The only real issue of any contention was that while these documents certainly contained the threatened adverse action as well as the prohibited reason behind that action, the documents of themselves did not constitute a threat. It was held that the commercial documents did not constitute a ‘threat’ because they were not directly or even indirectly communicated to the Swinburne UT teaching staff and educators.[4] 

Justice Mortimer agreed with Swinburne UT’s position that the ‘threat’ itself was only evident in emails it had sent to the NTEU and in its application for approval of the SCPL enterprise agreement.[5]  As to the nature of that threat: ‘[t]he adverse action threatened was that the security and continuation of [Swinburne College employees’] employment was likely to be diminished or adversely affected; ... and their position may therefore eventually become redundant ...’.[6]

The penalty ultimately imposed on Swinburne UT by Justice Mortimer was $14,000, to be paid into consolidated revenue. This figure was determined by having regard to a range of factors, including:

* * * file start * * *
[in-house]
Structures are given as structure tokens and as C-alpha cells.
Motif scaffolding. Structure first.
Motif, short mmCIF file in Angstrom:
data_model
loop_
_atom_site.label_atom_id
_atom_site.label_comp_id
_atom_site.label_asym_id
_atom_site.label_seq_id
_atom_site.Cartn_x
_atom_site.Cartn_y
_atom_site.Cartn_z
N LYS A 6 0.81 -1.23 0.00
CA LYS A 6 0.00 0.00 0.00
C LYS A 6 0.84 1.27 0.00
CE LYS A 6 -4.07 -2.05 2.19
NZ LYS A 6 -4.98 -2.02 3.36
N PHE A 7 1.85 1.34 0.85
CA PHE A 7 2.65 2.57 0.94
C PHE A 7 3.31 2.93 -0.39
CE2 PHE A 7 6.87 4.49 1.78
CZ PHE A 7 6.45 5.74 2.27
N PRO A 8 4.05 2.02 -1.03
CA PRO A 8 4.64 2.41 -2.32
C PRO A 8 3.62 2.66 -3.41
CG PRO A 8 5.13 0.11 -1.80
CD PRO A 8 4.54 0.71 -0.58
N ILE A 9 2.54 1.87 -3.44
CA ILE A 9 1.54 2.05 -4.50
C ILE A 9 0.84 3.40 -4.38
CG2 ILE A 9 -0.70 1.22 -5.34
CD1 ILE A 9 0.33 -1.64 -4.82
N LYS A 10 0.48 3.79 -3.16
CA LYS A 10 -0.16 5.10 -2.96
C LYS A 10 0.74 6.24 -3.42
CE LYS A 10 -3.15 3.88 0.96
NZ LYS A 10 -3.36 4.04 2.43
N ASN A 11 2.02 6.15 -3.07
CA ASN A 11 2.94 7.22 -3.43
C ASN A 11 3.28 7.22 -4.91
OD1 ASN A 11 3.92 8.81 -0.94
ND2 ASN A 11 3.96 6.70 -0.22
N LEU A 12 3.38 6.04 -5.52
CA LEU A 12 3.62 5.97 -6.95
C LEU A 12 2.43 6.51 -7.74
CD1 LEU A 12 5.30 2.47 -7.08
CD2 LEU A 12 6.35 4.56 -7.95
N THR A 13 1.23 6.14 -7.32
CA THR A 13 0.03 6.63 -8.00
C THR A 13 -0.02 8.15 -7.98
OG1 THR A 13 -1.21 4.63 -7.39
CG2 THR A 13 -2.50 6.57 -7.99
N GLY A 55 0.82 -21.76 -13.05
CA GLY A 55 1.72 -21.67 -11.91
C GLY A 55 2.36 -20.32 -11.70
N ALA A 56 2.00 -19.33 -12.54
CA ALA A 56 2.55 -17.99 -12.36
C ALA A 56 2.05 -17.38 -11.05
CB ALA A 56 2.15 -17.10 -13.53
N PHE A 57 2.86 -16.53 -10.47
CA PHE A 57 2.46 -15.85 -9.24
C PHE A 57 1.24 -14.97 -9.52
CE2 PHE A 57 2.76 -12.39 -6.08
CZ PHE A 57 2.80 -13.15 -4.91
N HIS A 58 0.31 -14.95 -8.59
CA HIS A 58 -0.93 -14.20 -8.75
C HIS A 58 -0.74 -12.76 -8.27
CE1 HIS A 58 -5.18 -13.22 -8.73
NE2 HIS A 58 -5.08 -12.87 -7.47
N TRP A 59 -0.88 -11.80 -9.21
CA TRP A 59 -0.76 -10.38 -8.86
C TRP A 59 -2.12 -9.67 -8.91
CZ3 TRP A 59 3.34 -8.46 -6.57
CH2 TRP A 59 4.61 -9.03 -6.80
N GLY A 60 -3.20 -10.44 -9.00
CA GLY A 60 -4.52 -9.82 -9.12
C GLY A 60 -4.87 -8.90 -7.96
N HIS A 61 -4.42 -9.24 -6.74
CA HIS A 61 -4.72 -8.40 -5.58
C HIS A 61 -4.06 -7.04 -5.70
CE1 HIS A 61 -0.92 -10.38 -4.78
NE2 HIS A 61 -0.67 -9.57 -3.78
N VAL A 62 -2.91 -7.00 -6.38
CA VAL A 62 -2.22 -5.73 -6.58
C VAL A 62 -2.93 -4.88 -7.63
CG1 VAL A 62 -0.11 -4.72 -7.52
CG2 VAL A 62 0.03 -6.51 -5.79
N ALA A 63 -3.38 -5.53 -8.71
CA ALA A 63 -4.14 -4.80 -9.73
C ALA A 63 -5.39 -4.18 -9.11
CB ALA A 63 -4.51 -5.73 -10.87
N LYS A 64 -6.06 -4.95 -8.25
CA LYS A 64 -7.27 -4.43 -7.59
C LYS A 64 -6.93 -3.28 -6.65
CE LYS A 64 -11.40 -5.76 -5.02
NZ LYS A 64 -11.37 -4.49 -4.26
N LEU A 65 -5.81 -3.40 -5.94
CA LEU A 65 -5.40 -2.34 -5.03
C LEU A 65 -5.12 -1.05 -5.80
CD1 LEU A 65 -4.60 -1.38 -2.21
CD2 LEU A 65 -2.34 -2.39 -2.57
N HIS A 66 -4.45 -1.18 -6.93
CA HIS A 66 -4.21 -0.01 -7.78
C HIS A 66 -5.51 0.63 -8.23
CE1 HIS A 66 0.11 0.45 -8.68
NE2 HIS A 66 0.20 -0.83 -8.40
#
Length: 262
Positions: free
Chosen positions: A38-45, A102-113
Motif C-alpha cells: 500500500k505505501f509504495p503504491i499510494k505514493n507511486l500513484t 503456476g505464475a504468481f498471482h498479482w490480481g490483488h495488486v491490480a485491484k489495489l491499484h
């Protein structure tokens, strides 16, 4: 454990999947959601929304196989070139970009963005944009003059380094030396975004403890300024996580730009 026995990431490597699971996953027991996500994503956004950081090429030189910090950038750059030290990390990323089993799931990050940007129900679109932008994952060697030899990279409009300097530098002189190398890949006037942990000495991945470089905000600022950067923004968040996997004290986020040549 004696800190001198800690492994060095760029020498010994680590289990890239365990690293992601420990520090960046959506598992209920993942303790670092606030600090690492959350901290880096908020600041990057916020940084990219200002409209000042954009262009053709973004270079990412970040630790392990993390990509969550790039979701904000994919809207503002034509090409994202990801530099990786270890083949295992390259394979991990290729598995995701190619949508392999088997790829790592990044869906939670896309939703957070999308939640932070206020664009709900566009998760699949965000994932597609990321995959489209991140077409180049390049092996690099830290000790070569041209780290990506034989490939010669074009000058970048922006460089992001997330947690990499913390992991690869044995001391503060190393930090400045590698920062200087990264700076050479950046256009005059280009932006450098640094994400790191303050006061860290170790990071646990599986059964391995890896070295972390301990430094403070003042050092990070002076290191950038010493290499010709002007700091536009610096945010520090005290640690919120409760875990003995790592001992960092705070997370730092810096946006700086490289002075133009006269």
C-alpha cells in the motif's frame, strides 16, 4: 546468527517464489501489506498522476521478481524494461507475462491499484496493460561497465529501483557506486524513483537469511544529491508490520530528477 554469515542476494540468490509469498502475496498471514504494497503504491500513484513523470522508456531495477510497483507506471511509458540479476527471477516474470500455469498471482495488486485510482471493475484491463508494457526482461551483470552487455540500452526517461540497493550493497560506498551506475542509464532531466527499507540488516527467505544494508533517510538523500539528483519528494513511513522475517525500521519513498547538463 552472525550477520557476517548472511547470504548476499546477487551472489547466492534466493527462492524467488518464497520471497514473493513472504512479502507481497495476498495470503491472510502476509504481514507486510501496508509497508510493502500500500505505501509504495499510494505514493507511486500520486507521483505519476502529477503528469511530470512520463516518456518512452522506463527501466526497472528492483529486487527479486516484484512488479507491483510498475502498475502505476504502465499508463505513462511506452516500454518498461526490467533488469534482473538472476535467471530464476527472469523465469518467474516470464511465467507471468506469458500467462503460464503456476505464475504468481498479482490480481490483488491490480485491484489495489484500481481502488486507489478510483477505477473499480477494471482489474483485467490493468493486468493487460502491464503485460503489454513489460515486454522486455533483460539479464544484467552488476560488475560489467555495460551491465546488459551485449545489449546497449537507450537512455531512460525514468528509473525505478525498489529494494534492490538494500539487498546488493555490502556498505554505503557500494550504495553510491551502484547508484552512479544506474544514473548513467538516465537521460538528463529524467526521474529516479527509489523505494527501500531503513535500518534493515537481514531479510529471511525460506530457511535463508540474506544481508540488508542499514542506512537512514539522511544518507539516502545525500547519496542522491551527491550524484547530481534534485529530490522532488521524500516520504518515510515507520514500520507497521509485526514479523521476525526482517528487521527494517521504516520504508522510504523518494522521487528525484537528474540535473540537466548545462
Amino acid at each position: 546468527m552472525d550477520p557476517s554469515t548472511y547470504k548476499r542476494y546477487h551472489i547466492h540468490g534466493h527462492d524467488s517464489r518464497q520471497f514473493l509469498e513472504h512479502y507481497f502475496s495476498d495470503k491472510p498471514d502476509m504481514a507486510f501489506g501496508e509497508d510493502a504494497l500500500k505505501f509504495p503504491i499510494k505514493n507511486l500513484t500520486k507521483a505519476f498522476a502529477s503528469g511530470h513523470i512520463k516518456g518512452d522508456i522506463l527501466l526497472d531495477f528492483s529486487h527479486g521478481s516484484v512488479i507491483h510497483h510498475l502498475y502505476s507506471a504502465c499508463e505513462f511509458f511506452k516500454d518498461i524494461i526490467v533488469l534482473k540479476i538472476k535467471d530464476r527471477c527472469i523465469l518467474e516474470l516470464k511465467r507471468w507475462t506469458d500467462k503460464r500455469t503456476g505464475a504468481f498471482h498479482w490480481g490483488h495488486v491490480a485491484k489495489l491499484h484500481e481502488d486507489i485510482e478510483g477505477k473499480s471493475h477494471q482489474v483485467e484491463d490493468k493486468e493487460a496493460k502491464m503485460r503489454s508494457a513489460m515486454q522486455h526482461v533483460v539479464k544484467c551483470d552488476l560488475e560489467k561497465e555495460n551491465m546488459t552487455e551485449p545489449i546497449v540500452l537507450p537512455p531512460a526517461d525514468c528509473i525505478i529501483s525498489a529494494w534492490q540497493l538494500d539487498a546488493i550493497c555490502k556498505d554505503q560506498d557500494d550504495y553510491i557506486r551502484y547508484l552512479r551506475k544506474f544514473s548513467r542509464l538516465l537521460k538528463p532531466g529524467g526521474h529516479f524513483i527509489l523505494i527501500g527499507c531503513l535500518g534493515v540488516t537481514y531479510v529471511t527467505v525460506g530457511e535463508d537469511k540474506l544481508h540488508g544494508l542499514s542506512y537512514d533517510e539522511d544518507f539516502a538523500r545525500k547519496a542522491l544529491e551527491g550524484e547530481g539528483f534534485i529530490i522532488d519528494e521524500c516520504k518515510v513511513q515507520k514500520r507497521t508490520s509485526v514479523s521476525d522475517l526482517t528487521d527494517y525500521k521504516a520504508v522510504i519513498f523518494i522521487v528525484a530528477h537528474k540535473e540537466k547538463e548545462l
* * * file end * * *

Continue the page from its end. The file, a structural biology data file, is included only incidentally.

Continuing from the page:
• the part of senior officers within Swinburne UT in the breach, contributing to ‘the calculated nature of the contravention’;[7]
  • the fact that this was Swinburne UT’s second breach of the FW Act within a fairly short period;[8]
  • the absence of any contrition or remorse, despite Swinburne IT’s admission of a contravention.[9]


In this case, Swinburne UT was held accountable for a decision that it ultimately did not follow through with on the basis that it was a threat to commit adverse action.

The use of Swinburne UT’s commercial documents against it to determine the substantive and operative reasons for its decision, which is typically a contentious element of adverse action cases, emphasises the need for employers to:

  • consider whether referring to such contentious matters in internal planning documents gives rise to potential future liability, and to the extent possible, confine them to confidential and privileged communications with legal advisers; and